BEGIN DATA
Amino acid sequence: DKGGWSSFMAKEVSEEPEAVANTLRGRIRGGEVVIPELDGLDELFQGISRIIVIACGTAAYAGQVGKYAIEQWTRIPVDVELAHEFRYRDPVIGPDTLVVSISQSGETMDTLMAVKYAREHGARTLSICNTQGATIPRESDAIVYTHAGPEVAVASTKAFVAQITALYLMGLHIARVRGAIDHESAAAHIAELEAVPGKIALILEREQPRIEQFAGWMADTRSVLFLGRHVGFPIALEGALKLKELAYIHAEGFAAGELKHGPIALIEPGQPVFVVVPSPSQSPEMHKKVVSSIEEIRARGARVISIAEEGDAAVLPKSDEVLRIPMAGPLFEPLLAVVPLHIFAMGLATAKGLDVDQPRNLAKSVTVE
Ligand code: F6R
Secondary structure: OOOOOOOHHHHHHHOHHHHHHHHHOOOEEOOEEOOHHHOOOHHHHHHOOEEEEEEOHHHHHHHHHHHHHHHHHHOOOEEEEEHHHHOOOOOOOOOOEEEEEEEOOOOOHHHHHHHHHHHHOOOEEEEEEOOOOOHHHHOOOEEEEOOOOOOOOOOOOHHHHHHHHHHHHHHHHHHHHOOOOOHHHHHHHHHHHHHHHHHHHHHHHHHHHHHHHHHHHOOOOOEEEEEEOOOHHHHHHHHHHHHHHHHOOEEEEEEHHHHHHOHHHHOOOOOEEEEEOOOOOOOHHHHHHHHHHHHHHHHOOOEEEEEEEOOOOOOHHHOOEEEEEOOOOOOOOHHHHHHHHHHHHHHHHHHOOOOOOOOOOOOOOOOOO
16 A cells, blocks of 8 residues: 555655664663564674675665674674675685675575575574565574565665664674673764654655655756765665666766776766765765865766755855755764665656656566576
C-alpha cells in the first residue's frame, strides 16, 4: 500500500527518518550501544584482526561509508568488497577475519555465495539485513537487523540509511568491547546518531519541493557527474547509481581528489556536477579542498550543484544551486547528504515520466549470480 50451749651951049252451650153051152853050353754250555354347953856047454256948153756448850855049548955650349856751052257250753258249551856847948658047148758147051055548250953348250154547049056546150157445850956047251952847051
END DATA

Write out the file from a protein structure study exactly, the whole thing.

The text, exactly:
Amino acid sequence: DKGGWSSFMAKEVSEEPEAVANTLRGRIRGGEVVIPELDGLDELFQGISRIIVIACGTAAYAGQVGKYAIEQWTRIPVDVELAHEFRYRDPVIGPDTLVVSISQSGETMDTLMAVKYAREHGARTLSICNTQGATIPRESDAIVYTHAGPEVAVASTKAFVAQITALYLMGLHIARVRGAIDHESAAAHIAELEAVPGKIALILEREQPRIEQFAGWMADTRSVLFLGRHVGFPIALEGALKLKELAYIHAEGFAAGELKHGPIALIEPGQPVFVVVPSPSQSPEMHKKVVSSIEEIRARGARVISIAEEGDAAVLPKSDEVLRIPMAGPLFEPLLAVVPLHIFAMGLATAKGLDVDQPRNLAKSVTVE
Ligand code: F6R
Secondary structure: OOOOOOOHHHHHHHOHHHHHHHHHOOOEEOOEEOOHHHOOOHHHHHHOOEEEEEEOHHHHHHHHHHHHHHHHHHOOOEEEEEHHHHOOOOOOOOOOEEEEEEEOOOOOHHHHHHHHHHHHOOOEEEEEEOOOOOHHHHOOOEEEEOOOOOOOOOOOOHHHHHHHHHHHHHHHHHHHHOOOOOHHHHHHHHHHHHHHHHHHHHHHHHHHHHHHHHHHHOOOOOEEEEEEOOOHHHHHHHHHHHHHHHHOOEEEEEEHHHHHHOHHHHOOOOOEEEEEOOOOOOOHHHHHHHHHHHHHHHHOOOEEEEEEEOOOOOOHHHOOEEEEEOOOOOOOOHHHHHHHHHHHHHHHHHHOOOOOOOOOOOOOOOOOO
16 A cells, blocks of 8 residues: 555655664663564674675665674674675685675575575574565574565665664674673764654655655756765665666766776766765765865766755855755764665656656566576
C-alpha cells in the first residue's frame, strides 16, 4: 500500500527518518550501544584482526561509508568488497577475519555465495539485513537487523540509511568491547546518531519541493557527474547509481581528489556536477579542498550543484544551486547528504515520466549470480 50451749651951049252451650153051152853050353754250555354347953856047454256948153756448850855049548955650349856751052257250753258249551856847948658047148758147051055548250953348250154547049056546150157445850956047251952847051